Last but not least in BMW’s new line of liquid-cooled Boxers (and not even quite last since the RS variant will be here next year), is the lovely new thoroughly redesigned R1200R you see here. Where the GS and GS Adventure want you to dig out your Boy Scout neckerchief and head off into the boonies, and the RT wants you to abandon your life and make them all three-day weekends, the basic R is the bike for all reasons: This one’s designed to be great everyday urban transport but comfortable and capable enough for long distances with a passenger and luggage as well, and a reasonable dirt road wouldn’t be a problem either. It’s your basic Roadster, the most direct descendant of the first Boxer BMW built nigh-on 100 years ago.
Its mostly new tubular steel frame was left exposed in many areas to show off the purity of design BMW says this market segment wants. It’s definitely different, due to the fact that this is the first naked Boxer that slurps its fuel and air from the top of the cylinder head instead of from behind it, and having the intake tracts so prominently on display is a little incongruous at first. With no plastic to hide behind, it was also a difficult motorcycle in which to package all the things we’ve come to expect, and there’s plenty of them here.
You can start with dynamic Electronic Suspension Adjustment just like on the other water-Boxers. As usual, the base, non-ESA model was even hard to find at BMW’s press launch, but you’ll recognize it by its silver-colored fork tubes if you ever happen to spot one in the wild.
The ESA on the R works just like on the other Boxers: Using the handlebar buttons and the thumbwheel on the left grip lets you choose and fine-tune suspension settings. If you’re worried about the long-term reliability, maybe you shouldn’t be. According to BMW’s suspension engineer Martin Hartinger, who was along for the ride, the only things that could go wrong really are two electric needle-and-seat valves in the left fork tube, which handles all the front damping, and another one in the shock. Expensive cars have been using similar valves for years and they’re highly reliable.
The base bike also gets ABS, Automatic Stability Control, and two standard power delivery modes, Rain and Road (Rain gives the full 125-horsepower, but more gradually). From there, the buyer can opt for a “Pro” riding mode that also provides “Dynamic” and fully customizable “User” modes. That might be overkill on a roadster, really, but you want it anyway because with Pro comes the latest BMW Dynamic Traction Control (they’re very fond of the word “dynamic”), complete with a bank-angle sensor like all the cool bikes have now, including the S1000RR superbike. When you’re leaned all the way over on the edge of the tire, the computer’s going to step in to limit tire spin almost immediately. The more upright the bike becomes, the more it’s allowed to spin the tire and the more heroic you feel (and the more intact you’ll remain, hopefully).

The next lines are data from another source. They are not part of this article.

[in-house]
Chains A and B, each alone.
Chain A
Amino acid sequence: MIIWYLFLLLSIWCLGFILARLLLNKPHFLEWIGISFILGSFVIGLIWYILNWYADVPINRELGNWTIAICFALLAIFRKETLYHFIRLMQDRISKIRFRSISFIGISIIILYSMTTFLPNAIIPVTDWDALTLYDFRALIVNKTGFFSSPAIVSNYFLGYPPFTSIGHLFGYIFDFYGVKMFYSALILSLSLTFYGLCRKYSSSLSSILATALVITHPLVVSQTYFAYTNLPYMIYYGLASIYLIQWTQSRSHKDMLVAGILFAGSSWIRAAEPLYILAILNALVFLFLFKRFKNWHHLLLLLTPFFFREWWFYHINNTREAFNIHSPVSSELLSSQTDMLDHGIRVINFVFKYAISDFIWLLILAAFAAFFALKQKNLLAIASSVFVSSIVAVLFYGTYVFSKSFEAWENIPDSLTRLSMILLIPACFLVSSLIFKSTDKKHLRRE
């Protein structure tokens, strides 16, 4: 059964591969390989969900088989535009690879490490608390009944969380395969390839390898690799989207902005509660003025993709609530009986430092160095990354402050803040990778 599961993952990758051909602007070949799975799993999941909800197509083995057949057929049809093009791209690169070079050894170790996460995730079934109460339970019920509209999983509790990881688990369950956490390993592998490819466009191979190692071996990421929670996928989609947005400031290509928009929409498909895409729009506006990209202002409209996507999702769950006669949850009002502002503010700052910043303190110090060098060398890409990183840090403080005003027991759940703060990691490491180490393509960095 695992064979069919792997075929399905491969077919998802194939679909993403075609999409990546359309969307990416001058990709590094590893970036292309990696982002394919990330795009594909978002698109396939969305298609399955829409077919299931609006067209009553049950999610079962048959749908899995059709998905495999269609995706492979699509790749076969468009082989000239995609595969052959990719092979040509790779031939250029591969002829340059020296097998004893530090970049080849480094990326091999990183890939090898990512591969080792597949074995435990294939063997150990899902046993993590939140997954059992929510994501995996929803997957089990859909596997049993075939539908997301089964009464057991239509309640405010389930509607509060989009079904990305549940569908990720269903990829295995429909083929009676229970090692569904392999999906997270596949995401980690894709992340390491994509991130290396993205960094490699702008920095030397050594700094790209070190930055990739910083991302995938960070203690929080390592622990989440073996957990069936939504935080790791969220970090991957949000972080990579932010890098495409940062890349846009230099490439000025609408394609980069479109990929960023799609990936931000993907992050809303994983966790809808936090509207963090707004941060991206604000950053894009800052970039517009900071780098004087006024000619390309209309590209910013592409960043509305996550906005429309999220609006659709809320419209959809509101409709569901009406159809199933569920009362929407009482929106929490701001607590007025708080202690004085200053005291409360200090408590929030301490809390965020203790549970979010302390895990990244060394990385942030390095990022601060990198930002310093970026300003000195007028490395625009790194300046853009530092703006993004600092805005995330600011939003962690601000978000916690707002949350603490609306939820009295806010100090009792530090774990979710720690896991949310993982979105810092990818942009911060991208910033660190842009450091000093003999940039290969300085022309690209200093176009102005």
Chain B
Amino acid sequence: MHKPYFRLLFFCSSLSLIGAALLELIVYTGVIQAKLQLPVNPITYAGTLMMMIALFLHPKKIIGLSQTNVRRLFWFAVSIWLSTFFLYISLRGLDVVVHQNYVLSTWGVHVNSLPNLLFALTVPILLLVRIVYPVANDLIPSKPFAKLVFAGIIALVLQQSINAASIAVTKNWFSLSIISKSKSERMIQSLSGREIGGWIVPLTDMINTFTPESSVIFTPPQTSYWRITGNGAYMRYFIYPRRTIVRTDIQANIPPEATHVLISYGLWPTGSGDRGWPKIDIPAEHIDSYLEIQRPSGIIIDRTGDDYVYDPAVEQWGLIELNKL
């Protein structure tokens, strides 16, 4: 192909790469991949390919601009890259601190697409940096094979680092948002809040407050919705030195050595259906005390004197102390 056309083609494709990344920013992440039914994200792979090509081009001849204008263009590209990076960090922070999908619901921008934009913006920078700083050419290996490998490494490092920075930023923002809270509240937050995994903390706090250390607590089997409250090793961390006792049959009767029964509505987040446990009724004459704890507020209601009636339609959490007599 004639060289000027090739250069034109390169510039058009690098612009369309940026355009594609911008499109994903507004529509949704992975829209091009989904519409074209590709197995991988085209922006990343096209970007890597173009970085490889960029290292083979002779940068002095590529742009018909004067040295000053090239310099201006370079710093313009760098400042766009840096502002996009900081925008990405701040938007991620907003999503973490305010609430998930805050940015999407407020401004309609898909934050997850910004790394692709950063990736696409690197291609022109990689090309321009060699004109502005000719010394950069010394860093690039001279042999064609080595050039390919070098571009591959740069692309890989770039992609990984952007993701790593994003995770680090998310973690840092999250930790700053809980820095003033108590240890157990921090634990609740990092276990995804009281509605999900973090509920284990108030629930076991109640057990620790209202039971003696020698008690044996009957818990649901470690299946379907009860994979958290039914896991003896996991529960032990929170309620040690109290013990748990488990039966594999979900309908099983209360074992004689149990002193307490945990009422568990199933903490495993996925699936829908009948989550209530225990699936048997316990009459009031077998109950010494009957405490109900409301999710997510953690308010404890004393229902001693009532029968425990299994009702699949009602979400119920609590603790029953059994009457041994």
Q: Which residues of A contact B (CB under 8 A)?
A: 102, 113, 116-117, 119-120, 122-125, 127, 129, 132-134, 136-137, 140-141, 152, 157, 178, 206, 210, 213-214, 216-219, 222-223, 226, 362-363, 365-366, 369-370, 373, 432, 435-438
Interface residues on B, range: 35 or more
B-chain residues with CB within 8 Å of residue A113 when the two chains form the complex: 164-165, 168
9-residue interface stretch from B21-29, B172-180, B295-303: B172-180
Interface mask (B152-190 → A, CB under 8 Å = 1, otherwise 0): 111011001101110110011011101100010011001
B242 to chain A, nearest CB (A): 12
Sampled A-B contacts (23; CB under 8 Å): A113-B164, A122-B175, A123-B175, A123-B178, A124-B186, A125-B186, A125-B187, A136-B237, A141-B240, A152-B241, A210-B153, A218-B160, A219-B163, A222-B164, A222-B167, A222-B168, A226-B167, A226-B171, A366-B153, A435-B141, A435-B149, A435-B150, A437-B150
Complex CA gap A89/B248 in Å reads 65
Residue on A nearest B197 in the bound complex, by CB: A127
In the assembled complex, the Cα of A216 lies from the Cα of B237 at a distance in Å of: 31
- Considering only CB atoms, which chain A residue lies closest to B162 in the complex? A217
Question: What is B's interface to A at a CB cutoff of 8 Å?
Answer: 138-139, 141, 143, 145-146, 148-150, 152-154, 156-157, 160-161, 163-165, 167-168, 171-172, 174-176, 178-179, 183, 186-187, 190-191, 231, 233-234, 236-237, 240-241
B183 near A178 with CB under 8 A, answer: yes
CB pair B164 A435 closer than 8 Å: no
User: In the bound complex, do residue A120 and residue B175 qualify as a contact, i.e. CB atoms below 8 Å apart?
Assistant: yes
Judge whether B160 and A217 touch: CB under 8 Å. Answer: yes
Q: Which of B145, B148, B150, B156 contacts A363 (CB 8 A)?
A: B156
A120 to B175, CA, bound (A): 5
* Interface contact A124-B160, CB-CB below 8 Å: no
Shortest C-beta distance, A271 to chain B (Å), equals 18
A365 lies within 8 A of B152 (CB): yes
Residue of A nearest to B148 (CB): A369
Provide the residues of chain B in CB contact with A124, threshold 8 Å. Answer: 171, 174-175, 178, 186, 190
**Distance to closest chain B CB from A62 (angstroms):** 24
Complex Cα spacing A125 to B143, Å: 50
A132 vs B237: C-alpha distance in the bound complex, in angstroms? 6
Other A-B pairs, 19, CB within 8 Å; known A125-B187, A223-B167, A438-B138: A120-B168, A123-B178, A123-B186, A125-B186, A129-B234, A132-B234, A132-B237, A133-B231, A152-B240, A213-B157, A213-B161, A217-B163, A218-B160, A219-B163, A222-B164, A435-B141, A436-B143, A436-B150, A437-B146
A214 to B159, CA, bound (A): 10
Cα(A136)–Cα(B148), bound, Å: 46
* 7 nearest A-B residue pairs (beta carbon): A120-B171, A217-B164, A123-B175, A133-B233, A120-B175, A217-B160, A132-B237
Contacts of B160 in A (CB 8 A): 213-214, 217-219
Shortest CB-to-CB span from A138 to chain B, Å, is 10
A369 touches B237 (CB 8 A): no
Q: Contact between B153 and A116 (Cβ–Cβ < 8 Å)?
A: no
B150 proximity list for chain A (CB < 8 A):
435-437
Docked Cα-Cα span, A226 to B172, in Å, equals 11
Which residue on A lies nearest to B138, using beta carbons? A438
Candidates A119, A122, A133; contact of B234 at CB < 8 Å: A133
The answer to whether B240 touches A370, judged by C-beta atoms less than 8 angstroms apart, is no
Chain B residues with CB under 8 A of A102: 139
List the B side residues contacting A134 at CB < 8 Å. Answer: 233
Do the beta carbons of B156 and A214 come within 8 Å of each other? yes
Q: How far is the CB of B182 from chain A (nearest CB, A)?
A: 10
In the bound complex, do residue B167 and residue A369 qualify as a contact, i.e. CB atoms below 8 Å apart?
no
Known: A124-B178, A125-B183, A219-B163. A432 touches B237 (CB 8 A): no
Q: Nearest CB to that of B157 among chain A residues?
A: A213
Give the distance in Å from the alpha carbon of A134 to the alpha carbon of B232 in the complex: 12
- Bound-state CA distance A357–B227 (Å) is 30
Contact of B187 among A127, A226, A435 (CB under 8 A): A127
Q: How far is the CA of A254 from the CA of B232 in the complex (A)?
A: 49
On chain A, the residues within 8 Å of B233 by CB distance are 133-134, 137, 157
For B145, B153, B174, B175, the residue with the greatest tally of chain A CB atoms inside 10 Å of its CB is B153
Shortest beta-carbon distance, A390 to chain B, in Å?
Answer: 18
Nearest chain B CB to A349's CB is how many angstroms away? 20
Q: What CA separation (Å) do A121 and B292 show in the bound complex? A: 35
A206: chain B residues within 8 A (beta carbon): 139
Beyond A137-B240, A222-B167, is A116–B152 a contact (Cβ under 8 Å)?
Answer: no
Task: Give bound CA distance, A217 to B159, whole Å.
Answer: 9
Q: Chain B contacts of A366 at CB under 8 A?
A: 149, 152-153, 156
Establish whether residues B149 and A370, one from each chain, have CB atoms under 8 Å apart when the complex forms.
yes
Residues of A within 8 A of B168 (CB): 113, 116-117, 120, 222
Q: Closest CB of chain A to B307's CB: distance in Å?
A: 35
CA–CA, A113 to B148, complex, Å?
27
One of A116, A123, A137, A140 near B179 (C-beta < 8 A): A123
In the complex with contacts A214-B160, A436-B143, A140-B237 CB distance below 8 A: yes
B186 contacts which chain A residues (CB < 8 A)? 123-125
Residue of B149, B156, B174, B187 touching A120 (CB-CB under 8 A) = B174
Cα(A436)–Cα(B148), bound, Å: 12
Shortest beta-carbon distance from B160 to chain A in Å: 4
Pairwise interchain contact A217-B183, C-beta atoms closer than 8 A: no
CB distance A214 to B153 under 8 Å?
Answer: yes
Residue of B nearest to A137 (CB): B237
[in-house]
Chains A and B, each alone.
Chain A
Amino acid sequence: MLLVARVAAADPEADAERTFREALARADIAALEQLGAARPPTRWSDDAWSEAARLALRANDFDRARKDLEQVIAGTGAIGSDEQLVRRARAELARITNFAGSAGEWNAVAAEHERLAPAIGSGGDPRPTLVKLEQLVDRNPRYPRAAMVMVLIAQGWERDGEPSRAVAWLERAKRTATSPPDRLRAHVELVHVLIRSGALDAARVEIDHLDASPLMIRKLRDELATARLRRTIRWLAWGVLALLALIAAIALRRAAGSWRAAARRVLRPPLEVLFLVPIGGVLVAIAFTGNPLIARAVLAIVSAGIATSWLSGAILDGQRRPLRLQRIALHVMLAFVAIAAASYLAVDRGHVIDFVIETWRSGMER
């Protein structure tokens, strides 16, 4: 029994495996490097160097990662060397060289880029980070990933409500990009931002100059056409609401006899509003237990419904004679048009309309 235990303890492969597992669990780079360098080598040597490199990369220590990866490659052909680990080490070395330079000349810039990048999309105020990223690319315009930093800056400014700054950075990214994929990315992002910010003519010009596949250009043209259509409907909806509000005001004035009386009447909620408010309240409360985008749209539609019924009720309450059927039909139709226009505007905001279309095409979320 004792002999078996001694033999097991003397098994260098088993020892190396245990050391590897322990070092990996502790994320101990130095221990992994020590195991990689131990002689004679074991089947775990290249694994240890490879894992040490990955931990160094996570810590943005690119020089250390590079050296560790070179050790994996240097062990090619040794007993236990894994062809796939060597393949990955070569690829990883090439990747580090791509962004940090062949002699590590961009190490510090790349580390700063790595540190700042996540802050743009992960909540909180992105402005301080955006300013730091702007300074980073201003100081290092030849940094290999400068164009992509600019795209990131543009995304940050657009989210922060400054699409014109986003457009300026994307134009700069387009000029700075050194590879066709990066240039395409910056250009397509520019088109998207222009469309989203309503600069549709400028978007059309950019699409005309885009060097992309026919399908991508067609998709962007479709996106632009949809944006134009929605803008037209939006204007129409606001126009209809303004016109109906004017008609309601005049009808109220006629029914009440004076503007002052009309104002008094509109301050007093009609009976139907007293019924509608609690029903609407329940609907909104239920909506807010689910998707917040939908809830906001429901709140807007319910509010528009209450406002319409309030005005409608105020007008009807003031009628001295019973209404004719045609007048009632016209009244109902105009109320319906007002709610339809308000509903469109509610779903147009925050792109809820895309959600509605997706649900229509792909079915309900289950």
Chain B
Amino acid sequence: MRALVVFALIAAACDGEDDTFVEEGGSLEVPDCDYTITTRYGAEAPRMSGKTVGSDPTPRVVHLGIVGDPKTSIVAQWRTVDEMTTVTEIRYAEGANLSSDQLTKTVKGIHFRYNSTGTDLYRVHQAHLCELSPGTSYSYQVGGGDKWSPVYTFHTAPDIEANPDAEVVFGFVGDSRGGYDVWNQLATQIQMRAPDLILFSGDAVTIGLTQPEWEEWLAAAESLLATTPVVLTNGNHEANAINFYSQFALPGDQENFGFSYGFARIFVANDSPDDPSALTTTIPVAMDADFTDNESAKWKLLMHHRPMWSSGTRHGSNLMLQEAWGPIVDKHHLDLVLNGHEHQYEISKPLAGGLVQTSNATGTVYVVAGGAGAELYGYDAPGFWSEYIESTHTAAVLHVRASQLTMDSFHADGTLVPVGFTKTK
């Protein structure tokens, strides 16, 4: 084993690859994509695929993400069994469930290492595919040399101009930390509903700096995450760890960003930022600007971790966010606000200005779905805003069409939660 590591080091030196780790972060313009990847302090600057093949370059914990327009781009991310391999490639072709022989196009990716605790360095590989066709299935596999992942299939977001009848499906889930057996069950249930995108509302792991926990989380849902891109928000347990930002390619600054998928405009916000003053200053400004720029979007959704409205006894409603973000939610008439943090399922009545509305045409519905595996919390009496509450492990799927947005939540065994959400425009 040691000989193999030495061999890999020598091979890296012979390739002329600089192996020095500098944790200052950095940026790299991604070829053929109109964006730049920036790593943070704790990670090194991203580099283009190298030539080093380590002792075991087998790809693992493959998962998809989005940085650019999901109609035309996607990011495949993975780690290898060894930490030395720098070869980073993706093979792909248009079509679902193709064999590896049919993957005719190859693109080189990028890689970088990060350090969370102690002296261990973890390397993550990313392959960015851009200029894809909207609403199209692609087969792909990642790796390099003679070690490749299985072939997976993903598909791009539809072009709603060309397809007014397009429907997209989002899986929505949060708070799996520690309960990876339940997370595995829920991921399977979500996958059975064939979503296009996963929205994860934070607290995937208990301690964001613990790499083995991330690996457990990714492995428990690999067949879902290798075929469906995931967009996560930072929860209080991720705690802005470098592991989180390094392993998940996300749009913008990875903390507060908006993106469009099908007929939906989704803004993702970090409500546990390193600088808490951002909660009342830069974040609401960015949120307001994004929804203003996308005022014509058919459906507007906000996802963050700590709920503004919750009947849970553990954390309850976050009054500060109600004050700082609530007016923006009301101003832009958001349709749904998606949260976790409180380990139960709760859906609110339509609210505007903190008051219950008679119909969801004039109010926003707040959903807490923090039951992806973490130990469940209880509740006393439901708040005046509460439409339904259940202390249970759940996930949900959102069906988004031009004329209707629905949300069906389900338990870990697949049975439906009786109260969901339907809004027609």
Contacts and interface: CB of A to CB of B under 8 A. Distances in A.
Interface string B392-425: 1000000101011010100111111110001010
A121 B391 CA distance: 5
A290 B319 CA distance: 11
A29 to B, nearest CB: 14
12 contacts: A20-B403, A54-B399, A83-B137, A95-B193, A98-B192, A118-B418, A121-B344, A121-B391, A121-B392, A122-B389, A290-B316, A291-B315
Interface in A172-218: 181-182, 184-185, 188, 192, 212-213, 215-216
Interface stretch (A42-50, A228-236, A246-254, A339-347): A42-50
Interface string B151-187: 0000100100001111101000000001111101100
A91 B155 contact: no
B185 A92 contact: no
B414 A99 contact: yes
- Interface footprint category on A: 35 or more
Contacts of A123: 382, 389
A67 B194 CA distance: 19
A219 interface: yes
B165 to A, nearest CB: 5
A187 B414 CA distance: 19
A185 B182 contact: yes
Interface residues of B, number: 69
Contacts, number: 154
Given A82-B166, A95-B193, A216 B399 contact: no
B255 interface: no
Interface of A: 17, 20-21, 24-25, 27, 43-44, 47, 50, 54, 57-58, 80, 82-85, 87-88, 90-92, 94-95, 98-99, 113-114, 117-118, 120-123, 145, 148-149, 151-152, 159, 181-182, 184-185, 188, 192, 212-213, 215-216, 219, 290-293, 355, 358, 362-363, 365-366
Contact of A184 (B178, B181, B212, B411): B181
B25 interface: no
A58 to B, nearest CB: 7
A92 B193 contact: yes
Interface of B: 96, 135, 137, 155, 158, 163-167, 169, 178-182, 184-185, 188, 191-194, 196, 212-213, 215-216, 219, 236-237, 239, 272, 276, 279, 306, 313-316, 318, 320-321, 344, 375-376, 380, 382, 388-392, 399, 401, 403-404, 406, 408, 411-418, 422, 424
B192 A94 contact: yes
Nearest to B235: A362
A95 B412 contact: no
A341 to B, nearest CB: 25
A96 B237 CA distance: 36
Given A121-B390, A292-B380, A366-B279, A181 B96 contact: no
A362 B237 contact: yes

It seems like every time I go to Spain to ride motorcycles because it’s always sunny and dry there, it rains. This rain was mostly intermittent mist, just enough to keep the roads wet, and was at least a perfect opportunity to play with the electronics.
BMW rates this 1170cc Boxer at 125 horsepower (same as the R1200RT that put out 110 hp at the rear wheel and 80 ft-lbs of torque in last month’s’ Sport-Touring Final Smackdown). If that’s not quite KTM Super Duke R territory (156 rear-wheel hp / 96.5 lb-ft), it feels closer than the numbers indicate, partly because the BMW’s torque peak is so low in the powerband, at around 5400 rpm on our RT – the torque really is the thing with the Boxer. Max horsepower arrives at 7750 rpm in this bike, according to BMW, who also say the R’s new airbox and exhaust let it produce a shade more low-rev power than the RT and GS. Bereft of sound system and baggage and fairing, it also weighs 509 pounds to the RT’s 604 (our scales had the RT at 617), the GS’s 525, and the Super Duke’s 469 pounds.
Specs-wise, then, the R’s not quite our MOBOTY KTM Super Duke R, but it’s close enough on a damp, twisting Spanish backroad and nearly everywhere else, too, especially since it has the same sort of confidence-boosting upright ergonomics and aluminum handlebar. At first, you tiptoe in to the corner carefully, and give a tentative exit twist of the throttle in Rain mode. By the first coffee stop, you’re still tiptoeing in, but giving the digital throttle cable big healthy tugs in Dynamic at the exits, to which the Boxer responds with really serious acceleration and an inspiring boomy exhaust note that’s now more barky than flatulent; now it sounds almost as nice as a 90-degree Twin, and a pack of Rs running together sounds like the Luftwaffe’s back in town.